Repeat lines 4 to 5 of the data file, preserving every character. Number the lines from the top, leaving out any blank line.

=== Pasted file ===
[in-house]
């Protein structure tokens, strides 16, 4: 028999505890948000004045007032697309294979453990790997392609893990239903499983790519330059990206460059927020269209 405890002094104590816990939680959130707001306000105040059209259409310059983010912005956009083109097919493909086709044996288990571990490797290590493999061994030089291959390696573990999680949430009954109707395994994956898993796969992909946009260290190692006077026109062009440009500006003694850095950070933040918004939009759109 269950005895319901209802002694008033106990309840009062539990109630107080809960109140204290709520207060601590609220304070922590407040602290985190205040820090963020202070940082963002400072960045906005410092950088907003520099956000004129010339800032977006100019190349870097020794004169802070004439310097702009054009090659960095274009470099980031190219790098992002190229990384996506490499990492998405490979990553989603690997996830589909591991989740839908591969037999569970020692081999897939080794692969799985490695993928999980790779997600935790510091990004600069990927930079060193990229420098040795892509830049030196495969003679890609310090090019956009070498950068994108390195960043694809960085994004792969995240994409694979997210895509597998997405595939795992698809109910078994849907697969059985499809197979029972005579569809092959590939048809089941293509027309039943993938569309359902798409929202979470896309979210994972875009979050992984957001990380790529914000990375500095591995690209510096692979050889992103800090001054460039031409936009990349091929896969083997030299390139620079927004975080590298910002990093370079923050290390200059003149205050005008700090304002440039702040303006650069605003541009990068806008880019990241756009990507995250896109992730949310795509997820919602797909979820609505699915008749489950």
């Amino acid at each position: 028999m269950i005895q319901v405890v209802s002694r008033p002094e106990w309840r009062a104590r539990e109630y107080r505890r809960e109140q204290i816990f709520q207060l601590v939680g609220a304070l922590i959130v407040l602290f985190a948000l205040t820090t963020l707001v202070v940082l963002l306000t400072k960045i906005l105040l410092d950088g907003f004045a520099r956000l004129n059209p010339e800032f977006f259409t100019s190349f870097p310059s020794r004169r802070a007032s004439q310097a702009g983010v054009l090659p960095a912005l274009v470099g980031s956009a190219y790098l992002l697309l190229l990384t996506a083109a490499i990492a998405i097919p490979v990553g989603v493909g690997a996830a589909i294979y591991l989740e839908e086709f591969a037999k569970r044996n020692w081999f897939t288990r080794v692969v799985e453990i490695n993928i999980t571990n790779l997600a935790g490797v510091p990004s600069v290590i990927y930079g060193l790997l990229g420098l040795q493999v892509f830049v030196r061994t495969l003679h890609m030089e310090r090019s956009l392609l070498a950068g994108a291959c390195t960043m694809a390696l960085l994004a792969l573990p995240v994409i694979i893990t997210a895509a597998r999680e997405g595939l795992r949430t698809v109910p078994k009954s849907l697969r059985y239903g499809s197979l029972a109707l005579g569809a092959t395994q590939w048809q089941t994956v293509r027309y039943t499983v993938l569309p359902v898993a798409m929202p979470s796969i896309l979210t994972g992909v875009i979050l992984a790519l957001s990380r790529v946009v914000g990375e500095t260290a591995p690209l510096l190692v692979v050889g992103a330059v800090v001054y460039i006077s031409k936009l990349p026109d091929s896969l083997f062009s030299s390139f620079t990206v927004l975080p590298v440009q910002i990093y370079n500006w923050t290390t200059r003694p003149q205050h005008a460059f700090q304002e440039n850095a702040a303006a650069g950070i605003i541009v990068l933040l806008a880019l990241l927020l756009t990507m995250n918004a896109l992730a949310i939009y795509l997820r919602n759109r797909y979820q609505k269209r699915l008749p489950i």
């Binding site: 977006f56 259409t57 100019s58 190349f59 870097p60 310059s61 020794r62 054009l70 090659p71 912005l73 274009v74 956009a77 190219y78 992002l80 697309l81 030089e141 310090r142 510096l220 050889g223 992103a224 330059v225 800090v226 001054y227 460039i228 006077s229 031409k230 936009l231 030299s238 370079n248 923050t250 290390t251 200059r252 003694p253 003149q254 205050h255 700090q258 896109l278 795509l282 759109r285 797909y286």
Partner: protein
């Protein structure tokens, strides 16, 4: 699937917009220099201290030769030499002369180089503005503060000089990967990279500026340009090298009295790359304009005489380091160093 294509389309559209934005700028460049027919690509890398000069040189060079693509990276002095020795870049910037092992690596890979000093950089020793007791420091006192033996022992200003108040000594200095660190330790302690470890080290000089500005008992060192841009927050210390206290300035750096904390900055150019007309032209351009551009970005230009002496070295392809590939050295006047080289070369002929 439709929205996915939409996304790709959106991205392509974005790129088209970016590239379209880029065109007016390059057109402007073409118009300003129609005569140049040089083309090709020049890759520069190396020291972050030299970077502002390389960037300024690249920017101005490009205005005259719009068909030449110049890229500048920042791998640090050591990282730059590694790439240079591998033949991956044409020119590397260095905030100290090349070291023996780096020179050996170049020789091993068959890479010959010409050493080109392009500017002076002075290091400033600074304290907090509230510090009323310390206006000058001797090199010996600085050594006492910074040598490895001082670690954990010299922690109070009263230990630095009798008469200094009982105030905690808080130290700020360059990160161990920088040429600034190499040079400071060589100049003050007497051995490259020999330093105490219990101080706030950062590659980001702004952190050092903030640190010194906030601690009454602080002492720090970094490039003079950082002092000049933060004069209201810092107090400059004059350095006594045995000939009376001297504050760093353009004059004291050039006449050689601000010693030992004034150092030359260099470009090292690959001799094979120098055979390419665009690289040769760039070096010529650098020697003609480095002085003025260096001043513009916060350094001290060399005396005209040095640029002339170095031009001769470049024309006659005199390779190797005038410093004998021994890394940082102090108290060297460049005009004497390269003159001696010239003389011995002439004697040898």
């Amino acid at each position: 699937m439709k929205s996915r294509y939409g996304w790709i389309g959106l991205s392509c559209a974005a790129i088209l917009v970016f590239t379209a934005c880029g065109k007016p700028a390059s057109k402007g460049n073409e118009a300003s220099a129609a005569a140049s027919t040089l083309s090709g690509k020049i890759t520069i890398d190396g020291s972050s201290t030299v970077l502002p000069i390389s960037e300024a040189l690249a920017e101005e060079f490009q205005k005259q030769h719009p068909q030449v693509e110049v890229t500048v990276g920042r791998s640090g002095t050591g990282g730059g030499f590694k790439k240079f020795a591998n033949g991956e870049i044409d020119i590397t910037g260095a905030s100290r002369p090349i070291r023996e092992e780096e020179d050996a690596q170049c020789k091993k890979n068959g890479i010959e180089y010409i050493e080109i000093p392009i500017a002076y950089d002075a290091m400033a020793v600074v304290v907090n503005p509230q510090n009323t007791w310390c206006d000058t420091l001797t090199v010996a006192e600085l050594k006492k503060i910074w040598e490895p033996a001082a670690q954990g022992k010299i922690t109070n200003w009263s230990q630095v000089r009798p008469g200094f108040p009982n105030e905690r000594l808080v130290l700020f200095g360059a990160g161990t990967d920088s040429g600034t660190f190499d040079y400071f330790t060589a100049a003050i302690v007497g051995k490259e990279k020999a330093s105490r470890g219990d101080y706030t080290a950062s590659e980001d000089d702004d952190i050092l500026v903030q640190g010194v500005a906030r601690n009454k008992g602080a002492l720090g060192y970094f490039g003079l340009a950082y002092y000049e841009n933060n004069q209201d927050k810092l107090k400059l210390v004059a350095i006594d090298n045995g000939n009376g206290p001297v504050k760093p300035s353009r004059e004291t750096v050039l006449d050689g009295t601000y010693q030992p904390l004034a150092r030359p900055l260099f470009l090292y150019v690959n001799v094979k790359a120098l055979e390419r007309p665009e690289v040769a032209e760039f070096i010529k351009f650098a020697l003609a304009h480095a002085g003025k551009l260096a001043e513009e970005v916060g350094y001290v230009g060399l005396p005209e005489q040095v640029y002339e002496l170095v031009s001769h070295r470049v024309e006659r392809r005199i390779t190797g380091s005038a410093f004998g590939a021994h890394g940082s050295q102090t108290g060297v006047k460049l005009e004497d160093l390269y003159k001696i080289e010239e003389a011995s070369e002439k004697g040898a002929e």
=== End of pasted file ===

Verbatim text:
């Binding site: 977006f56 259409t57 100019s58 190349f59 870097p60 310059s61 020794r62 054009l70 090659p71 912005l73 274009v74 956009a77 190219y78 992002l80 697309l81 030089e141 310090r142 510096l220 050889g223 992103a224 330059v225 800090v226 001054y227 460039i228 006077s229 031409k230 936009l231 030299s238 370079n248 923050t250 290390t251 200059r252 003694p253 003149q254 205050h255 700090q258 896109l278 795509l282 759109r285 797909y286």
Partner: protein